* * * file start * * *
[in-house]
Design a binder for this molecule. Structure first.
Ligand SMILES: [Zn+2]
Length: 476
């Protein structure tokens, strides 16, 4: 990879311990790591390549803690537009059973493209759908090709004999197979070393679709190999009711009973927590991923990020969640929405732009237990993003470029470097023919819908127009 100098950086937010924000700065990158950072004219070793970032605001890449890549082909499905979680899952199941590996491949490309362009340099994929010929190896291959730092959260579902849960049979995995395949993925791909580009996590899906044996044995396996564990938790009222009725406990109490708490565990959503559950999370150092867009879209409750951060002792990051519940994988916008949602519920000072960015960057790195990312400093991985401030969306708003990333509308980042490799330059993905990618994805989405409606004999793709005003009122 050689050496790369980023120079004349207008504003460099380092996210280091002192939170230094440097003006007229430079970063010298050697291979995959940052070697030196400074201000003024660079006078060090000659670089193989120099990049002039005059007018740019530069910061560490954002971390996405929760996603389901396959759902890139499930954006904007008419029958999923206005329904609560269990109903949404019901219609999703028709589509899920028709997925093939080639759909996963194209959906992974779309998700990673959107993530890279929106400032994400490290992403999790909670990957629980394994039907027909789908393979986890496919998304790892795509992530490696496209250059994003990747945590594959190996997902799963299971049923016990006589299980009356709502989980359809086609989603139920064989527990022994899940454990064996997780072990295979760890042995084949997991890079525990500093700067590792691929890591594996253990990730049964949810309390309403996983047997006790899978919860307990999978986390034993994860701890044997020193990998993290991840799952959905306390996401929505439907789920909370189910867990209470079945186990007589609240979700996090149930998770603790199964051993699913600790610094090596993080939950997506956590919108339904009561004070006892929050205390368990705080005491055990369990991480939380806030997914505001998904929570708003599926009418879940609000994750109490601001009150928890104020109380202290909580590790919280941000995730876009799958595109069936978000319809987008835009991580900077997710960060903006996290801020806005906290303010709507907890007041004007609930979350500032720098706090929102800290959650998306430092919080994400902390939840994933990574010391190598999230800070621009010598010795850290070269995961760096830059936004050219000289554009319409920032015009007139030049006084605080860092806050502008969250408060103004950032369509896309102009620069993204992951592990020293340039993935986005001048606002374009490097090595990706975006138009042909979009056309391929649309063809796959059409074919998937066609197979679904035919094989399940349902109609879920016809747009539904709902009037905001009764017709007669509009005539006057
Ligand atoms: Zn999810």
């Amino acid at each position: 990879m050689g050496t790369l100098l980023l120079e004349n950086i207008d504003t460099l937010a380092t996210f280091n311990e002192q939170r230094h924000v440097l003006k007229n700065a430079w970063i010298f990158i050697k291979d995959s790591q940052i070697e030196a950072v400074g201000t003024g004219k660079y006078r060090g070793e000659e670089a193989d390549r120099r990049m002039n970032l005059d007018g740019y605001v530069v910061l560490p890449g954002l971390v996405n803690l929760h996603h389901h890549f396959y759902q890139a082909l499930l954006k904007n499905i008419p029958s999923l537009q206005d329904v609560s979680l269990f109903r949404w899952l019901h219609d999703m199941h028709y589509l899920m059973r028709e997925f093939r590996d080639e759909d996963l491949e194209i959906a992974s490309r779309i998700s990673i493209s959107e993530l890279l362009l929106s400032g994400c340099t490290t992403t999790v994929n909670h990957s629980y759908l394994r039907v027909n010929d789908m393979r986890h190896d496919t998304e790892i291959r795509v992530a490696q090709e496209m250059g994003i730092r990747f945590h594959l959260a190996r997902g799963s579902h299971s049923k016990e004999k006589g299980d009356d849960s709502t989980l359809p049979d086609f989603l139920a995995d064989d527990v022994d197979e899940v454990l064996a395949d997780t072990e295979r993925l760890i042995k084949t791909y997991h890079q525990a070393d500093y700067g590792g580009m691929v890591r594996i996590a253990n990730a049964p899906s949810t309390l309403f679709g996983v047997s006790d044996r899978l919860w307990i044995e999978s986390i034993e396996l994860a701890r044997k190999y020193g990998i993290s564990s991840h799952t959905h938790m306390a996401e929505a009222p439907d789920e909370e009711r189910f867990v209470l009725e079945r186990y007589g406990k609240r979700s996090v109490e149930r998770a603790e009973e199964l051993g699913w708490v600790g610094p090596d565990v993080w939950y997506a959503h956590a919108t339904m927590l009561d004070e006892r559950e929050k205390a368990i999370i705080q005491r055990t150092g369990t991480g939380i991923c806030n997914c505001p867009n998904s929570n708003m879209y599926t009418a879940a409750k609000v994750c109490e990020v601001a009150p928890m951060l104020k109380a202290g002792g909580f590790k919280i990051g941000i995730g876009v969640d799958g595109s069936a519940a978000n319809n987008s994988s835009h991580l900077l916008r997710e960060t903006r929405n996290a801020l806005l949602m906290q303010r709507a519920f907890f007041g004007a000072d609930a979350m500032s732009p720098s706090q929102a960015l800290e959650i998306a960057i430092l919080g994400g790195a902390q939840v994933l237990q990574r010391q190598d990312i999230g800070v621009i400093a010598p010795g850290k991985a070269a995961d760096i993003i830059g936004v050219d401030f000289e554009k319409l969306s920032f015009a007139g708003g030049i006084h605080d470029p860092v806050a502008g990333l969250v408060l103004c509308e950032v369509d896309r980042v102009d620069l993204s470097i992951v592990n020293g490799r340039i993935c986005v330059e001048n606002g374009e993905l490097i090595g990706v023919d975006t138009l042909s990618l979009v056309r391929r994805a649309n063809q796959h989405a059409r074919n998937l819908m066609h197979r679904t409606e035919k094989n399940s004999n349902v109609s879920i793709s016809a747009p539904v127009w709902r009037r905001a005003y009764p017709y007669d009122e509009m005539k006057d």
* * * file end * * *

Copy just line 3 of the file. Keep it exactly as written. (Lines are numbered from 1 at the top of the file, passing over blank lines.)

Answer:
Ligand SMILES: [Zn+2]